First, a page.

When James Caple sent us an e-mail about his upcoming Chesapeake Bay Challenge, we were honored he selected the Chesapeake Bay Foundation fight for clean water as a focal point for his message of "raising awareness for the ecological concerns of the Chesapeake Bay and surrounding watershed regions." His challenge starts tomorrow, September 18. We're happy to share his story with you here.
By James Caple of Falls Church, VA
For me, there seems to be a strange, ethereal connection between Cornwall, UK, and Ocean Rowing. About a year ago, I set off for the Cornish Coast to look at ocean rowing boats and to partake in a training ocean row sponsored by Woodvale Challenge Events in Plymouth. My intent at the time was to investigate the possibility of becoming a participant in an Ocean Rowing Race. This year, I've set my sites on rowing across the Chesapeake Bay—well, half way across anyway. On September 18th, I will launch from Reedville, VA, and row out to Tangier Island where I plan to hang out for a couple of nights. I then plan to row back into Reedville early Sunday afternoon. The synchronistic Cornish connection with this particular row is that after Captain John Smith first documented the existence of Tangier Island in 1608, settlers arrived there from Cornwall, England, nearly 12 years later.
Another aspect of this particular row is my desire to raise awareness for the importance of the Bay and the surrounding watershed regions. As a competitive rower, I row on number of different bodies of water, including the Potomac, Occoquan, Charles, and sometimes the Schuykill, rivers. Rowers and paddlers get a good feel for the ecological state of the waters they workout and play on probably better than most people—they are closer to the water than regular boaters, and they move slower through their environment, which helps to increase awareness about smaller details around them. During my morning workouts, I've noticed that there is some great wildlife on the Potomac river; I've also noticed that the water can smell and look quite awe full at times due to sewage and other pollution being put in the water. This is a big reason that I'd like my row out to Tangier Island and back be about raising awareness for the ecological concerns of the Chesapeake Bay and surrounding watershed regions. September 19th is also the Ocean Conservancy's International Coastal Cleanup Day, so it's a great weekend to get out and do something positive for our aquatic environments.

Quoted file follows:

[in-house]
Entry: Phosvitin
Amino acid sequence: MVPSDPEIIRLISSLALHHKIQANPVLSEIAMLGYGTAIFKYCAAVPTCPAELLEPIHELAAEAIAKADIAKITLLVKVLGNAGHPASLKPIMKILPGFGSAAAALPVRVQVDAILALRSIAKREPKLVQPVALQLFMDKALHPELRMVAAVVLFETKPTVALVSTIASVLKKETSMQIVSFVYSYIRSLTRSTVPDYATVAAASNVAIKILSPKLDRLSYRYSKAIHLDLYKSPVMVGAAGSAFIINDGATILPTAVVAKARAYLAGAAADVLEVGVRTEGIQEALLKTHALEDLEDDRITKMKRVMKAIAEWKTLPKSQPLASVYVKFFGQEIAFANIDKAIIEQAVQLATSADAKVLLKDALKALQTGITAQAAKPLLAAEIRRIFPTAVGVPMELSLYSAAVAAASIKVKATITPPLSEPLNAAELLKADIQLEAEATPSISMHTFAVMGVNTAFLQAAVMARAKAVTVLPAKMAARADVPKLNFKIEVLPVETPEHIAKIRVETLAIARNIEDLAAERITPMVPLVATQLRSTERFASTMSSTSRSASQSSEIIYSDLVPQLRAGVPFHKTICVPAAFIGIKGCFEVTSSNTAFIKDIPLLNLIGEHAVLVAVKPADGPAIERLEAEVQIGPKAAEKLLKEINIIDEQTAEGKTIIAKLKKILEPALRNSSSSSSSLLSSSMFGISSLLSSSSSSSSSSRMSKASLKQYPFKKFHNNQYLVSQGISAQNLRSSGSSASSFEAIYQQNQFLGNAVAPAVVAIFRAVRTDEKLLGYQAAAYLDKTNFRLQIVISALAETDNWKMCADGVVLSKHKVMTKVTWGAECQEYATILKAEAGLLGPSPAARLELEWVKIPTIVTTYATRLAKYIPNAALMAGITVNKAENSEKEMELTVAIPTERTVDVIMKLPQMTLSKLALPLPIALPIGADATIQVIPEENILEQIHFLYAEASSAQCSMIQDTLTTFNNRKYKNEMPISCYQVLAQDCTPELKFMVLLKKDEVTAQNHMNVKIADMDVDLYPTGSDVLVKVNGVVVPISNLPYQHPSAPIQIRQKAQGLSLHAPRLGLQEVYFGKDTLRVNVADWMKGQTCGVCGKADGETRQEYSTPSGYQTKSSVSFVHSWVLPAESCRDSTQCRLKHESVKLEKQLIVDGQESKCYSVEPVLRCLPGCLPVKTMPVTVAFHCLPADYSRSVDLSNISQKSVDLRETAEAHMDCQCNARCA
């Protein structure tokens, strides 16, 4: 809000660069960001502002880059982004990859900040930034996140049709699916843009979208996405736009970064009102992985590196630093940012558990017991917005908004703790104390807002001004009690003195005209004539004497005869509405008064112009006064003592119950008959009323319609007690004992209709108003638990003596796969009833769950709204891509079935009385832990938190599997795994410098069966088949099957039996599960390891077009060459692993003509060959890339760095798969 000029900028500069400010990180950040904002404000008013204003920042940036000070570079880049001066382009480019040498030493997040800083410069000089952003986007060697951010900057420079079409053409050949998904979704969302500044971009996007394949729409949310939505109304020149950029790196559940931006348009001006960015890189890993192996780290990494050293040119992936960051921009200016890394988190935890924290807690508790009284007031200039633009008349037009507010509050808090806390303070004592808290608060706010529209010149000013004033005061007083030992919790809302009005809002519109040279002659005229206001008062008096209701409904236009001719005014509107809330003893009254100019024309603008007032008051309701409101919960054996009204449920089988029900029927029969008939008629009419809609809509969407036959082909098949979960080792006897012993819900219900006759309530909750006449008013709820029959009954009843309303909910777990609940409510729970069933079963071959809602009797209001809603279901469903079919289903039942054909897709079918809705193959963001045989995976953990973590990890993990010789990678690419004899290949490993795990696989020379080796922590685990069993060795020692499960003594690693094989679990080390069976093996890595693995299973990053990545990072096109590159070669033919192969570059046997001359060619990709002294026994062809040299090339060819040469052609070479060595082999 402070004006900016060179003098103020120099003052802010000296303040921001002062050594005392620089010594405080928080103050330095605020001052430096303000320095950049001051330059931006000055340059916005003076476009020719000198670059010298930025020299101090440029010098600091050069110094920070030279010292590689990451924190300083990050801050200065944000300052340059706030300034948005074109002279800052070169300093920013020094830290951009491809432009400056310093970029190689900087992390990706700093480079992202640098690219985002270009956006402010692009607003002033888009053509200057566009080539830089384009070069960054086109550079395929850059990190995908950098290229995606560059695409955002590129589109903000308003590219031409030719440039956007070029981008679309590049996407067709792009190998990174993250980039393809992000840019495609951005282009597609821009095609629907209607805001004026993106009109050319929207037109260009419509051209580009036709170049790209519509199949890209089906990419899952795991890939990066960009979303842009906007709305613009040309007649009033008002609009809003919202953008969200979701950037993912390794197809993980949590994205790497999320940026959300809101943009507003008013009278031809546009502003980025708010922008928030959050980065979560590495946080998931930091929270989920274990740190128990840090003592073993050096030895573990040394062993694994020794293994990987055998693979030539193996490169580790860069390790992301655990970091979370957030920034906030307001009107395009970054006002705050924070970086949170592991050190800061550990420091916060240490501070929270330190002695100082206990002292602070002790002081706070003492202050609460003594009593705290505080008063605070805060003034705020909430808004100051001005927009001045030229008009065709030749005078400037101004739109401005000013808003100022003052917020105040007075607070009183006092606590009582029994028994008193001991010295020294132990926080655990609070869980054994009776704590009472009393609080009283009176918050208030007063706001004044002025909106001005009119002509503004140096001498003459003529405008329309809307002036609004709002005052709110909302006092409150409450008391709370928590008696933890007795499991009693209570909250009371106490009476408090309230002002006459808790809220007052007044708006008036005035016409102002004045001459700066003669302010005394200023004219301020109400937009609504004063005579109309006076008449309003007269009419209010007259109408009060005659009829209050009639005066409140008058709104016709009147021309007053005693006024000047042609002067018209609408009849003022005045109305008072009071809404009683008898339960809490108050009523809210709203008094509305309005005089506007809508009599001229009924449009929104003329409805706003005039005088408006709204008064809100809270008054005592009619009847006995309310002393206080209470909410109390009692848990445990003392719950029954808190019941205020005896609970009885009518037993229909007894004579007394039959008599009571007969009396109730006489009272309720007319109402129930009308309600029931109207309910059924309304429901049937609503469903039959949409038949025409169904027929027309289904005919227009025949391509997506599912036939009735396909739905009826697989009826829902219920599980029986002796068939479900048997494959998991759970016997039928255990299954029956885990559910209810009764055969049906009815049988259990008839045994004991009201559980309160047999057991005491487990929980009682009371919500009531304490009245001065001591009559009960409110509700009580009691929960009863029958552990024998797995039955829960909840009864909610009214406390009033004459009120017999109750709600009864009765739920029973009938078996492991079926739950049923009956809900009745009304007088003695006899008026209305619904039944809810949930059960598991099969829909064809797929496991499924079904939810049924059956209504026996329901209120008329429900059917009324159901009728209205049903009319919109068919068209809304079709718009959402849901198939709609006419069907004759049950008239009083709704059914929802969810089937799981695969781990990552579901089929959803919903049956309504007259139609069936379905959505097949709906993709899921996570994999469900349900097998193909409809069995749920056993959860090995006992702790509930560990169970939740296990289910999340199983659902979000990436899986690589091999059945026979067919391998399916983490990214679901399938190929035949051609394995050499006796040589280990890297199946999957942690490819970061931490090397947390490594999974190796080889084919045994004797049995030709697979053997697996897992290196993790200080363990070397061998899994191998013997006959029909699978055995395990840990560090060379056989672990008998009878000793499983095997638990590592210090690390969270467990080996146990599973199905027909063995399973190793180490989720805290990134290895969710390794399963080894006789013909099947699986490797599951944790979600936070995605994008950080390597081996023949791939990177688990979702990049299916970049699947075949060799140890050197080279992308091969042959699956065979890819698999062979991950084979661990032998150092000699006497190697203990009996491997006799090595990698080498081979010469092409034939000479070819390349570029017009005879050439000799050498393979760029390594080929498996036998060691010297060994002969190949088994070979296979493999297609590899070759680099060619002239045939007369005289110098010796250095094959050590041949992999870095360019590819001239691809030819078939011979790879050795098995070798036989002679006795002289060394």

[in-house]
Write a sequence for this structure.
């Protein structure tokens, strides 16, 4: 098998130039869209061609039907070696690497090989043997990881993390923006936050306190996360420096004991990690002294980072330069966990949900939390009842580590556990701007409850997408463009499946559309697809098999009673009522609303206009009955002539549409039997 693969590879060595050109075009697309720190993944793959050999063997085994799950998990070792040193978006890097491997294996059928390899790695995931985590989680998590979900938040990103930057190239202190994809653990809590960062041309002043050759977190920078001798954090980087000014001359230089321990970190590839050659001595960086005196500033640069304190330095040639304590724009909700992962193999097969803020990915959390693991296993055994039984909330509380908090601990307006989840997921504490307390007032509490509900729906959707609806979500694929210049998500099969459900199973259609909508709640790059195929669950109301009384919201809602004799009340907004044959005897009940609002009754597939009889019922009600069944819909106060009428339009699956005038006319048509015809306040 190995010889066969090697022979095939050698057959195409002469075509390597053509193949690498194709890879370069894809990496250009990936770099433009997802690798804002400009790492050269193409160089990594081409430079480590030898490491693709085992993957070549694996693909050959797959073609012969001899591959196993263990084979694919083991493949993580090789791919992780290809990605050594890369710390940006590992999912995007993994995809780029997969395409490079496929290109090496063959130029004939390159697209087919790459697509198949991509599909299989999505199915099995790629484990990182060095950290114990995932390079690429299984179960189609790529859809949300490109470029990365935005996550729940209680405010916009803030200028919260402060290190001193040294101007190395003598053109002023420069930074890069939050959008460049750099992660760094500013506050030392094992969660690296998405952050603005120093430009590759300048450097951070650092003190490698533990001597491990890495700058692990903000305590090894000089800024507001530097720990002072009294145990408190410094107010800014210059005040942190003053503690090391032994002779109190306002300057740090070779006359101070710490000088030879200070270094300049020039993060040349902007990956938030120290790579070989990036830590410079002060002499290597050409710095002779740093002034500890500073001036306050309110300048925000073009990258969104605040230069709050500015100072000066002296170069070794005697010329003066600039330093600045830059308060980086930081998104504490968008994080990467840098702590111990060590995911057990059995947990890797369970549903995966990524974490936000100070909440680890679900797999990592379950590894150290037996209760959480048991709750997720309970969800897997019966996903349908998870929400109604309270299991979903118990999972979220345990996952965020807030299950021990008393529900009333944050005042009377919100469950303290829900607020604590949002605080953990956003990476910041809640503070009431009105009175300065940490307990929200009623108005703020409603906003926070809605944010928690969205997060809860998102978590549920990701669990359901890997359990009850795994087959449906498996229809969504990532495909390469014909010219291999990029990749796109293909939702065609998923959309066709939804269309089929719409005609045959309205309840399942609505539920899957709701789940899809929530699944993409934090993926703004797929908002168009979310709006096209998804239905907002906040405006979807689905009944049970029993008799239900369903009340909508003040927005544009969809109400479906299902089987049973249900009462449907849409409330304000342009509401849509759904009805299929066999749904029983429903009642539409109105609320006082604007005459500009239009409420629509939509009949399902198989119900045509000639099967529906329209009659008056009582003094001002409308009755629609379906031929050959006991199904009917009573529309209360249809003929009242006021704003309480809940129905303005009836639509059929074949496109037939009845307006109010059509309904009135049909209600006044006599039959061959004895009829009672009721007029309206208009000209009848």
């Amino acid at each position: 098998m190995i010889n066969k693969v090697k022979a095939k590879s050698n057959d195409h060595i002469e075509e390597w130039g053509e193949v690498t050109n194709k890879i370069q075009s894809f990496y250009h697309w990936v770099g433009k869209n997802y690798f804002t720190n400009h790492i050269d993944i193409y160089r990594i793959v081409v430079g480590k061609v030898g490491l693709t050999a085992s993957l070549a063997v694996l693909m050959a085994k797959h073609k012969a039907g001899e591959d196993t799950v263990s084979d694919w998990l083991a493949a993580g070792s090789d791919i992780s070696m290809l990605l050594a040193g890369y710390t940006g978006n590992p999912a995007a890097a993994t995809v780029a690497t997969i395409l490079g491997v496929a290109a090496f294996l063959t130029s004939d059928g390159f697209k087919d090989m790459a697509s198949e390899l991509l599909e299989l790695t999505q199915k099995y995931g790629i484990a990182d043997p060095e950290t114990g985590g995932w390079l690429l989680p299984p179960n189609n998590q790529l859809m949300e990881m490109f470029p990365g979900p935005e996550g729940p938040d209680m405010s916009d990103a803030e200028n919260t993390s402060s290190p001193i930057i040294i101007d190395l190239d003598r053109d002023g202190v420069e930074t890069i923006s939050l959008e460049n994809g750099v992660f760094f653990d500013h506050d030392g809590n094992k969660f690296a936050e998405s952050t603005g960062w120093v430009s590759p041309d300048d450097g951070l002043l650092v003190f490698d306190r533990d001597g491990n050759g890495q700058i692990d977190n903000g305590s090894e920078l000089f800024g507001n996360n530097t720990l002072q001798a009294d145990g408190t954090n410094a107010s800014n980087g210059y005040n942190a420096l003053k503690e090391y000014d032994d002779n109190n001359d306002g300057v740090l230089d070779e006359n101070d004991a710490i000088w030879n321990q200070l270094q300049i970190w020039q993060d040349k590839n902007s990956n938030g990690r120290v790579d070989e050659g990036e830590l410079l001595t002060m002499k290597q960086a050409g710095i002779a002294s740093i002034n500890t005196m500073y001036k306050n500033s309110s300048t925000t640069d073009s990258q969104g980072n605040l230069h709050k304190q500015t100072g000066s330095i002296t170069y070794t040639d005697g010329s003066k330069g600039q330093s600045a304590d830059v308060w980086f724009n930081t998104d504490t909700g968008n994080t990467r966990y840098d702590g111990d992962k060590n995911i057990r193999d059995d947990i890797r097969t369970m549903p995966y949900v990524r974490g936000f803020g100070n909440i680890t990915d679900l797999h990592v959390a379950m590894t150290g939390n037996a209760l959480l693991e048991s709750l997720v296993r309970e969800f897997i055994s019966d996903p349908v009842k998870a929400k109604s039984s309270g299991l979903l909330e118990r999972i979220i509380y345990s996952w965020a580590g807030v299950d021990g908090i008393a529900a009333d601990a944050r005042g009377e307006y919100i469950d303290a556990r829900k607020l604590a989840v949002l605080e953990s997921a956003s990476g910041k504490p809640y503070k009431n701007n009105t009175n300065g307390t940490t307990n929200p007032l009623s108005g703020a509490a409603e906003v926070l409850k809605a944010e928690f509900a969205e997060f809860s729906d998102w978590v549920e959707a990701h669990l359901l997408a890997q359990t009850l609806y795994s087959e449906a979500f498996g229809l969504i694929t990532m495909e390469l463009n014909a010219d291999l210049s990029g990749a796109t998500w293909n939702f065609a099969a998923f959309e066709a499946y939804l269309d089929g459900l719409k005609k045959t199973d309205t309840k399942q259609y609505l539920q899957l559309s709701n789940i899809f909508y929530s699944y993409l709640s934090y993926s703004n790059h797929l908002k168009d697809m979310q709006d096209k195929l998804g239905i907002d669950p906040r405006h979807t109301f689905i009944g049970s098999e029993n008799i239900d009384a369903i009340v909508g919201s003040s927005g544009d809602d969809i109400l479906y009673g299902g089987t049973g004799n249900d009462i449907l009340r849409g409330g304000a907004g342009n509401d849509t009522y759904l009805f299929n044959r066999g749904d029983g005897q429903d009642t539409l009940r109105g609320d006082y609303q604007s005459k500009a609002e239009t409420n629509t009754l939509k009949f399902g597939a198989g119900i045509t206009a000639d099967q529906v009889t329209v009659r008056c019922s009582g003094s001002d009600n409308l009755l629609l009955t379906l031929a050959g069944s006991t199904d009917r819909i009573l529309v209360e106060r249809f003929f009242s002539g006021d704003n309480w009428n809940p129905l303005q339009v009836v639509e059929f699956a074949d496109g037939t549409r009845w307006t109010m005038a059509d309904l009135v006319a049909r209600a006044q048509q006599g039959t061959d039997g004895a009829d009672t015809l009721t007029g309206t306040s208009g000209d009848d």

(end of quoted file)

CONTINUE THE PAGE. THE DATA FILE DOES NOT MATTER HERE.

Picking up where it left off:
Smith Point Marina in Reedville, VA, and Alexandria Community Rowing have been invaluable partners in helping me implement this row, as have Allison Caple, John Clayborne, Alan Weatherley, and Brian Schexnayder.
So here's to Cornwall, Tangier Island, Ocean Rowing and the preservation and renewal of our pristine natural resources.
You can track my progress this weekend on my blog at: http://www.rowthepond.com
If you're a boater, rower, sailor, or angler and you want to show your support for a clean Bay, we invite you to join James as a CBF Boater for the Bay. Just go to cbf.org/boaters for more information.